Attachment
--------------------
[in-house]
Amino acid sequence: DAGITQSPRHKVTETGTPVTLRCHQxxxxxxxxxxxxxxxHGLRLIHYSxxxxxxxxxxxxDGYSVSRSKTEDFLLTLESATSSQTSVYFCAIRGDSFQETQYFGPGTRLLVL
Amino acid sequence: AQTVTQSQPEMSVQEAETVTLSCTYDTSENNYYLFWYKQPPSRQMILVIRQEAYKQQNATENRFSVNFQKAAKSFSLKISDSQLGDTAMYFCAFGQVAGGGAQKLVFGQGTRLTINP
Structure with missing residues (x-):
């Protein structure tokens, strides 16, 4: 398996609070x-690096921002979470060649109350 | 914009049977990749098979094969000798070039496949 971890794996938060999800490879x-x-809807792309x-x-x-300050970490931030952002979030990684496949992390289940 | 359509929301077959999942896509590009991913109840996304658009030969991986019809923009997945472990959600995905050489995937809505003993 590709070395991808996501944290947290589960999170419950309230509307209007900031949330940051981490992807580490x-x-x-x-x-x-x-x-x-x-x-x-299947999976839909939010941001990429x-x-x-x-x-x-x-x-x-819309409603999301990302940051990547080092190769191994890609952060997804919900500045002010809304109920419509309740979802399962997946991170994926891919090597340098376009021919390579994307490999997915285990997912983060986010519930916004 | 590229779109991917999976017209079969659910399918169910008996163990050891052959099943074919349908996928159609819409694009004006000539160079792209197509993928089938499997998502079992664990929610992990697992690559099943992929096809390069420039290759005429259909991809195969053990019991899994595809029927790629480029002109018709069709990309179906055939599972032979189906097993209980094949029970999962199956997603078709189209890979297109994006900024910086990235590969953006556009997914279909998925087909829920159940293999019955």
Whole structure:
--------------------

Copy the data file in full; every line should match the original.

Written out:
[in-house]
Amino acid sequence: DAGITQSPRHKVTETGTPVTLRCHQxxxxxxxxxxxxxxxHGLRLIHYSxxxxxxxxxxxxDGYSVSRSKTEDFLLTLESATSSQTSVYFCAIRGDSFQETQYFGPGTRLLVL
Amino acid sequence: AQTVTQSQPEMSVQEAETVTLSCTYDTSENNYYLFWYKQPPSRQMILVIRQEAYKQQNATENRFSVNFQKAAKSFSLKISDSQLGDTAMYFCAFGQVAGGGAQKLVFGQGTRLTINP
Structure with missing residues (x-):
């Protein structure tokens, strides 16, 4: 398996609070x-690096921002979470060649109350 | 914009049977990749098979094969000798070039496949 971890794996938060999800490879x-x-809807792309x-x-x-300050970490931030952002979030990684496949992390289940 | 359509929301077959999942896509590009991913109840996304658009030969991986019809923009997945472990959600995905050489995937809505003993 590709070395991808996501944290947290589960999170419950309230509307209007900031949330940051981490992807580490x-x-x-x-x-x-x-x-x-x-x-x-299947999976839909939010941001990429x-x-x-x-x-x-x-x-x-819309409603999301990302940051990547080092190769191994890609952060997804919900500045002010809304109920419509309740979802399962997946991170994926891919090597340098376009021919390579994307490999997915285990997912983060986010519930916004 | 590229779109991917999976017209079969659910399918169910008996163990050891052959099943074919349908996928159609819409694009004006000539160079792209197509993928089938499997998502079992664990929610992990697992690559099943992929096809390069420039290759005429259909991809195969053990019991899994595809029927790629480029002109018709069709990309179906055939599972032979189906097993209980094949029970999962199956997603078709189209890979297109994006900024910086990235590969953006556009997914279909998925087909829920159940293999019955």
Whole structure: